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in order to measure aprroximately the rouitng distance (to see if a server is close to my country or too far away) I usually use ping command.

I'm in Italy,

  • when I ping Italian servers I get 36ms
  • when I ping US EAST servers I get an average of 120ms
  • when I ping US WEST servers I get an average of 200ms
  • etc.

Unfortunately some web hosters turn off the ping reply on their servers, so my question is how do I detect the routing distance, is there another easy to use command in Windows to accomplish the same task?


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And you need this information why? The more people that ping for no reason, especially in programs, the more people are going to turn off ICMP. – dbasnett May 18 '10 at 13:02
up vote 2 down vote accepted

Try tracert. Or "traceroute" for non-windows users. It will tell you every server the ping has to pass through to get to your destination.

A count of the number of hops is a good metric for how much latency you're going to have, and it will also tell you how much latency is being added by specific hops.

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Thanks, actually for the server where the ping is disabled I get dozens of "Request timed out" hops with tracert, but I think I can use the ms value of the last available hop. It makes sense, ping was still more quick, pity they disabled it. – Marco Demaio May 17 '10 at 18:48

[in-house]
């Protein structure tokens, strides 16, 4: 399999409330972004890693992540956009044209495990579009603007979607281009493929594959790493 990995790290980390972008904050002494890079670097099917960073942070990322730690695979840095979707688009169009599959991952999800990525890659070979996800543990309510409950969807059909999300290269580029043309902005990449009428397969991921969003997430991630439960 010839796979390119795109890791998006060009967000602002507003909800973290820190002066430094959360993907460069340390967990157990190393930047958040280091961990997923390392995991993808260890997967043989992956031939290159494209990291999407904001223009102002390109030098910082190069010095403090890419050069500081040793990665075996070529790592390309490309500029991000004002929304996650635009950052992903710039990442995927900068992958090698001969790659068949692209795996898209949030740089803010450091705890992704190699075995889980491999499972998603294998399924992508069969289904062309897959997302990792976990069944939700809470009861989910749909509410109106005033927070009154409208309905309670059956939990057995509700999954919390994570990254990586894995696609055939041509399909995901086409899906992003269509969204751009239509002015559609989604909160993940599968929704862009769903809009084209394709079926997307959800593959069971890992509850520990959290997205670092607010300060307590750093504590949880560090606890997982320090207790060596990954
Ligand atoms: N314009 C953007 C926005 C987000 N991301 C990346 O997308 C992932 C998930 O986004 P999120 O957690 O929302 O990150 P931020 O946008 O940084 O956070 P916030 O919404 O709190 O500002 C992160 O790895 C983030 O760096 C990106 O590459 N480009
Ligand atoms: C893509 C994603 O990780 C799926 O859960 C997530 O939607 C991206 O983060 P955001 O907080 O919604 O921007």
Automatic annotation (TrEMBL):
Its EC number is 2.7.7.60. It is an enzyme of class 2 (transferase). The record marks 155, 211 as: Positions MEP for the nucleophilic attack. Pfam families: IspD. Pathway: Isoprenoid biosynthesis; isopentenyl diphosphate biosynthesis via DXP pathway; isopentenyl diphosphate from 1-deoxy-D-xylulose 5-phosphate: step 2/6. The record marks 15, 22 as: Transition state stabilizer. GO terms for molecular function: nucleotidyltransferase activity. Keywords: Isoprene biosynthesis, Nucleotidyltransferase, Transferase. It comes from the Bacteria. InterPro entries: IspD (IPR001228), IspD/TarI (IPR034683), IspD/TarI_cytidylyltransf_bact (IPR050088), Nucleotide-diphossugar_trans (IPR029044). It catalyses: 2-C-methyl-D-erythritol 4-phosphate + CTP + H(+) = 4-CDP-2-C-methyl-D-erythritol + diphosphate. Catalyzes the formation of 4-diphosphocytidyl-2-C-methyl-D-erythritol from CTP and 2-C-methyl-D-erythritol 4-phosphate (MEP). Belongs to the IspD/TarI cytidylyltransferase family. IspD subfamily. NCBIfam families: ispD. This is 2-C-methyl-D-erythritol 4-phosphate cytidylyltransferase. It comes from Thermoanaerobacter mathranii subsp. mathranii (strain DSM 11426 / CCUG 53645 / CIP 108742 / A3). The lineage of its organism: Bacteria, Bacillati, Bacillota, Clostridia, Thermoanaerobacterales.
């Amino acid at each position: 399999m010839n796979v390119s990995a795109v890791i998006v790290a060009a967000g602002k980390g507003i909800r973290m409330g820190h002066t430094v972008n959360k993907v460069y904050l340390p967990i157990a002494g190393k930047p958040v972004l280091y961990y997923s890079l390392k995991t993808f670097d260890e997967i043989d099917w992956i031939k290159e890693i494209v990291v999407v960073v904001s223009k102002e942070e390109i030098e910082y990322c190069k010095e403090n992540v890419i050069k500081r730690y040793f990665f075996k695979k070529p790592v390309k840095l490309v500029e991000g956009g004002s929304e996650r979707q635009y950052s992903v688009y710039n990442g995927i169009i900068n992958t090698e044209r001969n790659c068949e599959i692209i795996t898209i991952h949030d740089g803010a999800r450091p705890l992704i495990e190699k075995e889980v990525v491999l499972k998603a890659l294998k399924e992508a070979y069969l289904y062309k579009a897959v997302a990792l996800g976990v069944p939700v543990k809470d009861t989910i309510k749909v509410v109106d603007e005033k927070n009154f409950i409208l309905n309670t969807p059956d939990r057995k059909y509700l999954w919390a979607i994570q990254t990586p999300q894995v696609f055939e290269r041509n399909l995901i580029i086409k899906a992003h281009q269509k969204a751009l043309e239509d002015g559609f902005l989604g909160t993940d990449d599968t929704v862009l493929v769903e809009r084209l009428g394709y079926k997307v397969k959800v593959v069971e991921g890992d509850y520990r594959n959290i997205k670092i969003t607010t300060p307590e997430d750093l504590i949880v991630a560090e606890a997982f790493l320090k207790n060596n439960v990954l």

No it won't. It only tell you about ICMP packets. It is not unusual for ICMP to be given low priority in routers. It would also not be a surprise if ICMP was routed differently i.e. cheapest route as opposed to best / fastest. – dbasnett May 18 '10 at 15:00
@dbasnett: Thank you Captain Pedantic. Perhaps there is some other method you would suggest for determining the information he needs? The whole purpose of ICMP packets is to determine this exact sort of information. – Satanicpuppy May 18 '10 at 19:35
Needs? What can the OP, or anyone else for that matter, do with the information? All I was attempting to do is point out that the exercise is futile. What do you think you can do with the information? And the information you gather using ICMP is good for that instant in time, period, and is only reflective of ICMP. Drawing a conclusion of how TCP/UDP traffic will be handled based on that is flawed. If there is a target on a barn, and you hitting the barn is all that is important, then yes I was Captain Pedantic. If actually hitting the target was important then I know some names that fit – dbasnett May 19 '10 at 0:06

for linux its "tracepath"

for windows its "tracert"

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MRT on Unix, or WinMTR on windows combines traceroute with ping. It can give you worst/best/average times for each step of the way.

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